For all the myriad of non-Apple or mixed environment users, we (I’m one of you) must do something different for our other non-Apple stuff. If you are a mixed Apple/Windows user, you may want to consider using iCloud to backup your Windows data. While it’s not quite as simple as using it on your i-Devices, it is still pretty straight forward. The only downsides are: 1) it will only back-up files (not applications) and 2) the cost.  The price per GB of data for iCloud is on the high side when compared to other vendors.

Other options:
Google – personally, I save all of my photos to Google, even those on my Apple devices (there’s an app for that!). Why? Because it is unlimited and totally FREE. (high resolution files are downsized but for everyone but photo buffs, this is probably ok. You do have the option to save files of any resolution, but it does count towards your file usage totals).  I also keep all of my regular files in Google Docs (Word, Excel, PDF) – and I can access them from anywhere on most any device.  I also scan all of my important ‘physical paper’ and upload those to Google docs as well.  Another benefit is I can share any of these files and photos with anyone at any time. Google gives you 5GB for free and additional storage is available at a reasonable cost.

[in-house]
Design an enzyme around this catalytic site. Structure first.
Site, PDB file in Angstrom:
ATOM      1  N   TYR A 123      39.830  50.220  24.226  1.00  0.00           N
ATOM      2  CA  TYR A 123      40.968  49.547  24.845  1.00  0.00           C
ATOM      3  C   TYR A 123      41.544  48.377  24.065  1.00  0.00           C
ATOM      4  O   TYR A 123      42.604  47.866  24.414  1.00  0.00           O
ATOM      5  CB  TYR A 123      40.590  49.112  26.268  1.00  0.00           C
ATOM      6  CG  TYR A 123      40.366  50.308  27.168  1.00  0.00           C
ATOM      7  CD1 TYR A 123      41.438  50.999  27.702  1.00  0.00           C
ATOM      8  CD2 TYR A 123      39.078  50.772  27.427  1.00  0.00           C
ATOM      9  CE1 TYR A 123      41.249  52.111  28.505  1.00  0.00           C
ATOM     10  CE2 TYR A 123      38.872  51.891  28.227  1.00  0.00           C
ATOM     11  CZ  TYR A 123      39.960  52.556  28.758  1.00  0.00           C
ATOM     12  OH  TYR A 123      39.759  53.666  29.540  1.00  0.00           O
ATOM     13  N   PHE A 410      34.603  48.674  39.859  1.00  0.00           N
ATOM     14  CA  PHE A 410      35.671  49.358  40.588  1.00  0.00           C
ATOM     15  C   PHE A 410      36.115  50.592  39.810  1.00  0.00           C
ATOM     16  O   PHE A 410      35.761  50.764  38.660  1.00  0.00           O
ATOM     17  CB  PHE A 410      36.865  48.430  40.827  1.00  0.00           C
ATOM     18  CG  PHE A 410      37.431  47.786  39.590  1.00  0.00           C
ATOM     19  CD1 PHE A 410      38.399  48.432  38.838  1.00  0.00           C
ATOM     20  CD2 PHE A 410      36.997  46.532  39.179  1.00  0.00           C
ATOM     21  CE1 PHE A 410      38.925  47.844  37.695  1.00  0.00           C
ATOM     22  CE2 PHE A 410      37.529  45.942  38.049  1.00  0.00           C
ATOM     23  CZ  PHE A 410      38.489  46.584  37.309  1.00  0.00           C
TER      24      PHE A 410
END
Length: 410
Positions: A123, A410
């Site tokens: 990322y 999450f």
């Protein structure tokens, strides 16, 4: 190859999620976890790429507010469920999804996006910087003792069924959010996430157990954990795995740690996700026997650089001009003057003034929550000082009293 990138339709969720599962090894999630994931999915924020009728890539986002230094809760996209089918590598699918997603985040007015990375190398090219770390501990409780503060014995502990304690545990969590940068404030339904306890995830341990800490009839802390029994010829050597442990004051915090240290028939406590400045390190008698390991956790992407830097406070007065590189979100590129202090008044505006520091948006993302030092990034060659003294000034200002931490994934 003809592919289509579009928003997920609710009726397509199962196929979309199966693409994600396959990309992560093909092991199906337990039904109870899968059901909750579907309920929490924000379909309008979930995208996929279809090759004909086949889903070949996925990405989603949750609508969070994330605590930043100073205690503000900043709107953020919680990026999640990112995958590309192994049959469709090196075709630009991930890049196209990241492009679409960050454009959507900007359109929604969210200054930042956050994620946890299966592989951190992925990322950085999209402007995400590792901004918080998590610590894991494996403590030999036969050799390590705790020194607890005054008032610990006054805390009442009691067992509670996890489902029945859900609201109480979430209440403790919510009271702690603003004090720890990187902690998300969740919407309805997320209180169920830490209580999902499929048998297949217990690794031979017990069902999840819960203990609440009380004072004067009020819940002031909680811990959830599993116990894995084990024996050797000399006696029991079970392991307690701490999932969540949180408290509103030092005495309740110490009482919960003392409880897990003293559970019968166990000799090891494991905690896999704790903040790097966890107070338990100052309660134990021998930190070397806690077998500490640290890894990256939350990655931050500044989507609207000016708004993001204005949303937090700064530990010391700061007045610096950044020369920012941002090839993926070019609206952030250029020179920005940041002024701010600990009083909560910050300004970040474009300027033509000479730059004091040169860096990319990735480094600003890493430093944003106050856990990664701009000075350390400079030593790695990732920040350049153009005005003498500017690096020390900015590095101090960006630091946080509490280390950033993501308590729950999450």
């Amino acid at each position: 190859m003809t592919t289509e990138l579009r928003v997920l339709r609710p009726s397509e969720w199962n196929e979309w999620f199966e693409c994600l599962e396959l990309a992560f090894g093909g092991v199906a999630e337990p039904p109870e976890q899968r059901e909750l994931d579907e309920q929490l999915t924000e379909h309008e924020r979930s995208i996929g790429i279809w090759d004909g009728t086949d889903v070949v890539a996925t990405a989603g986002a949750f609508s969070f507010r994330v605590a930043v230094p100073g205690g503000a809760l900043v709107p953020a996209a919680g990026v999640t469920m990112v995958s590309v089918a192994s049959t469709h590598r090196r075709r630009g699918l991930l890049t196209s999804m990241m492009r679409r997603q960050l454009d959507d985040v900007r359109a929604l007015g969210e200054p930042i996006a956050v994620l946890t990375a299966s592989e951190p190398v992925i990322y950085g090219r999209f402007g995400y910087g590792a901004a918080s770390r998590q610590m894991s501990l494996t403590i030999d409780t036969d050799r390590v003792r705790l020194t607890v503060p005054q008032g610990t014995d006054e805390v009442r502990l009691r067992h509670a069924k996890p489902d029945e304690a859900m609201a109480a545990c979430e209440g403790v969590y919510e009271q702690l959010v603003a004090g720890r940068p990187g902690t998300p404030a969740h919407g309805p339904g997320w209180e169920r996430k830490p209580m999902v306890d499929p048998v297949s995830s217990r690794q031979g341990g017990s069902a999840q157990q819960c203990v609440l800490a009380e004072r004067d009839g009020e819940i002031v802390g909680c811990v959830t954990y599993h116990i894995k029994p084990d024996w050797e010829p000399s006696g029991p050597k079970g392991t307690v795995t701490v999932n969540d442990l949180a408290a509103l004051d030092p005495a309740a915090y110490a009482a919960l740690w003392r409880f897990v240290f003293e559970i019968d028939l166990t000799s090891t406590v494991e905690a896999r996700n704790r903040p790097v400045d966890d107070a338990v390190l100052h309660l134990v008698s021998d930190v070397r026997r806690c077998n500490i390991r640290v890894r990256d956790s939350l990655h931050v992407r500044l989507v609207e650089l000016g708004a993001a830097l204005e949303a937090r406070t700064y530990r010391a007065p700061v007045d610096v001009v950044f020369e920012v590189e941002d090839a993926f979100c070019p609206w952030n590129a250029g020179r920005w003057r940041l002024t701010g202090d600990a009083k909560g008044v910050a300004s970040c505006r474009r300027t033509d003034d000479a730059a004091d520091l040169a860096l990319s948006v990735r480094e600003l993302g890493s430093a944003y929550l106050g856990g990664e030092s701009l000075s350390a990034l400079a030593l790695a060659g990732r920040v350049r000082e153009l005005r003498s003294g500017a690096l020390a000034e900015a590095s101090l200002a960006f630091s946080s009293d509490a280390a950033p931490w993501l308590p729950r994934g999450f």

What neither Google nor iCloud can do is backup my actual Windows operating system and all of its applications, settings, etc – all that stuff I’ve spent years installing and configuring. To lose that would be a major PITA, so I use a different option for that.

There are a number of cloud based back up options that are both inexpensive and very easy to use. Which one is ‘best’ depends on your particular needs. If you do not have a lot of installed applications on your computer and most of what is important is individual files, then iCloud or Google drive may be sufficient for your needs. If however, you want to backup EVERYTHING on your computer, then consider one of the following: